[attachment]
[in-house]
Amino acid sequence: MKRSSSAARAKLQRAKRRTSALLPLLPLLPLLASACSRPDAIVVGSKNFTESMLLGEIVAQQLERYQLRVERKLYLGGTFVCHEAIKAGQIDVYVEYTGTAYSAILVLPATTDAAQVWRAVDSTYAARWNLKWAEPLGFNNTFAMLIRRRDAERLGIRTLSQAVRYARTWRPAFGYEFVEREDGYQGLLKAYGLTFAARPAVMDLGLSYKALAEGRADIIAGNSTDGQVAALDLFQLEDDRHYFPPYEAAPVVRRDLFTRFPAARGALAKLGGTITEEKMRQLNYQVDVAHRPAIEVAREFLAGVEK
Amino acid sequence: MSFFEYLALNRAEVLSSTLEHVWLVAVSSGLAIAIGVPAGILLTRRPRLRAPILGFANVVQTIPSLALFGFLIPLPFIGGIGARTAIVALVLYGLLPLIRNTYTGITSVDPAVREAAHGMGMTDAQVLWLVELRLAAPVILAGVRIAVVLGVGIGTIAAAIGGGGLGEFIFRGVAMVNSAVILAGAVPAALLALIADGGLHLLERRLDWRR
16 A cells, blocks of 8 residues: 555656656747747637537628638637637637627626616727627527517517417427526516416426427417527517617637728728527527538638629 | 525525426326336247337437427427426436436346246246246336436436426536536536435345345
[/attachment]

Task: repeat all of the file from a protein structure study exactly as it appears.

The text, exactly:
[in-house]
Amino acid sequence: MKRSSSAARAKLQRAKRRTSALLPLLPLLPLLASACSRPDAIVVGSKNFTESMLLGEIVAQQLERYQLRVERKLYLGGTFVCHEAIKAGQIDVYVEYTGTAYSAILVLPATTDAAQVWRAVDSTYAARWNLKWAEPLGFNNTFAMLIRRRDAERLGIRTLSQAVRYARTWRPAFGYEFVEREDGYQGLLKAYGLTFAARPAVMDLGLSYKALAEGRADIIAGNSTDGQVAALDLFQLEDDRHYFPPYEAAPVVRRDLFTRFPAARGALAKLGGTITEEKMRQLNYQVDVAHRPAIEVAREFLAGVEK
Amino acid sequence: MSFFEYLALNRAEVLSSTLEHVWLVAVSSGLAIAIGVPAGILLTRRPRLRAPILGFANVVQTIPSLALFGFLIPLPFIGGIGARTAIVALVLYGLLPLIRNTYTGITSVDPAVREAAHGMGMTDAQVLWLVELRLAAPVILAGVRIAVVLGVGIGTIAAAIGGGGLGEFIFRGVAMVNSAVILAGAVPAALLALIADGGLHLLERRLDWRR
16 A cells, blocks of 8 residues: 555656656747747637537628638637637637627626616727627527517517417427526516416426427417527517617637728728527527538638629 | 525525426326336247337437427427426436436346246246246336436436426536536536435345345